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We've tested Windows 7 for over a year on a wide variety of systems, including several desktops (most of which use dual- and quad-core x64-compatible CPUs), Media Center PCs, notebook computers, Tablet PCs, Touch Smart PCs, netbooks, and even an aging Ultra-Mobile PC. Of course; they all connect seamlessly and even work with Windows 7's Sync Center interface.

Windows 7's out-of-the-box (OOTB) compatibility with the built-in devices on each system we've tested has been stellar, even during the beta, and it only got better over time. Software Compatibility We regularly use and otherwise test what we feel is a representative collection of mostly modern software.

Hardware compatibility, surprisingly, was excellent, and virtually any hardware device that worked on 32-bit versions of Windows Vista also worked fine on 64-bit versions. Too often, a critical software application simply wouldn't install or work properly on 64-bit versions of Windows, making these versions a nonstarter for most. A huge number of compatibility issues were fixed over Windows Vista's first year on the market, and x64 versions of Windows Vista are now largely compatible, both from a hardware and software perspective, with anything that works with 32-bit versions of the system. With this system, x64 is now the mainstream hardware and software computing architecture for the first time, and you will most likely obtain an x64 version of Windows 7, no matter how you acquire it. So if you have a choice, open yourself up to the massive RAM improvements that accompany x64 versions of Windows 7.

Dealing with Software Incompatibility Regardless of Windows 7's compatibility successes, compatibility issues can still bite you when you least expect it.

We'll explain why this is so and how the situation is now changing in favor of 64-bit with Windows 7.

Secret: From a functional standpoint, x64 and 32-bit versions of Windows 7 are almost identical.

Based on our extensive testing and evidence provided by Microsoft, this is clearly the case.

64-bit versions of Windows 7, meanwhile, can access up to a whopping 192GB of RAM, depending on which version you get.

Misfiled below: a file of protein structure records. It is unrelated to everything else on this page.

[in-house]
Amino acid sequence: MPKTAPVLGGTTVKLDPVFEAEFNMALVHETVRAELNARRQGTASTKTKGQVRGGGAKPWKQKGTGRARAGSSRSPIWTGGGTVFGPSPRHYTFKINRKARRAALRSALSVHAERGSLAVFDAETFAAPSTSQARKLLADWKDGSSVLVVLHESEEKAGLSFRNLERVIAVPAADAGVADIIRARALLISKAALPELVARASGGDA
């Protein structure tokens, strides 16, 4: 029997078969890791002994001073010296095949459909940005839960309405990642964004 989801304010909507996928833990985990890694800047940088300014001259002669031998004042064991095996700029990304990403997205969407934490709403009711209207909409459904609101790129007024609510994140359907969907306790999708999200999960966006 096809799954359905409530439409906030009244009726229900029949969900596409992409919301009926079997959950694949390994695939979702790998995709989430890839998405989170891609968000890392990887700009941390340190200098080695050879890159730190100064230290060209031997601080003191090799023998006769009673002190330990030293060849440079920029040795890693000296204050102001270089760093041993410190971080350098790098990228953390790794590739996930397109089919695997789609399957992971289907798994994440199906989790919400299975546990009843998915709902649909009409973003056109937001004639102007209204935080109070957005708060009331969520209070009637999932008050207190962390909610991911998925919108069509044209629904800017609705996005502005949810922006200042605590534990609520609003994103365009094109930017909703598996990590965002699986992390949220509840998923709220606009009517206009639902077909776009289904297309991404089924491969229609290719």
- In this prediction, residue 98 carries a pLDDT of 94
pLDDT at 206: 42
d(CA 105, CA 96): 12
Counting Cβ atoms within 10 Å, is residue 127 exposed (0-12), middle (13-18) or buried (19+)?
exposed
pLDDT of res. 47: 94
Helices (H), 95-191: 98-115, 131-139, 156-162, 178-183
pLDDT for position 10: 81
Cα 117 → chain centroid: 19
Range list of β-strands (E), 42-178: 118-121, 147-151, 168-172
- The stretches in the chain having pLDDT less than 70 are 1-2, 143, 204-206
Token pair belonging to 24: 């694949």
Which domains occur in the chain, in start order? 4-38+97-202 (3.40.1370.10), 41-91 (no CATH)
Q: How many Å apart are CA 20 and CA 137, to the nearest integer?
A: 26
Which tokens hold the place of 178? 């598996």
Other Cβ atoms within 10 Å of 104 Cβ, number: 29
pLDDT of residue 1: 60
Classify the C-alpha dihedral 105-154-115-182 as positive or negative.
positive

Virtually every single PC sold today does, in fact, include a 64-bit x64-compatible microprocessor, which means it is capable of running 64-bit versions of Windows 7.

However, until Windows 7, virtually all copies of Windows sold were the more mainstream 32-bit versions of the system.

Learn where MSPs should get started, explore the evolving hosted virtual desktop market, and find out what kind of customers could benefit from Daa S. While Windows 7 is largely compatible with the 32-bit software applications that Windows users have enjoyed for over a decade, some applications— and indeed, entire application classes, such as security software—simply won't work properly in Windows 7.

Some applications can be made to work using Windows 7's built-in compatibility modes, as discussed below. Those that can't—like legacy 16-bit software or custom software typically found in small businesses—might be able to find solace in the new XP Mode feature in Windows 7. A final compatibility issue that shouldn't be overlooked is one raised by the ongoing migration to 64-bit (x64) computing.

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(With the following exception: when you install Windows 7 Home Basic or Starter, you don't gain access to Windows Aero—but this is due to limitations of the OS, not the hardware.) As always, you could still run into hardware issues with older scanners, printers, and similar peripherals, especially if you're coming from Windows XP. We've also tested numerous video games to see how they fare under Windows 7.

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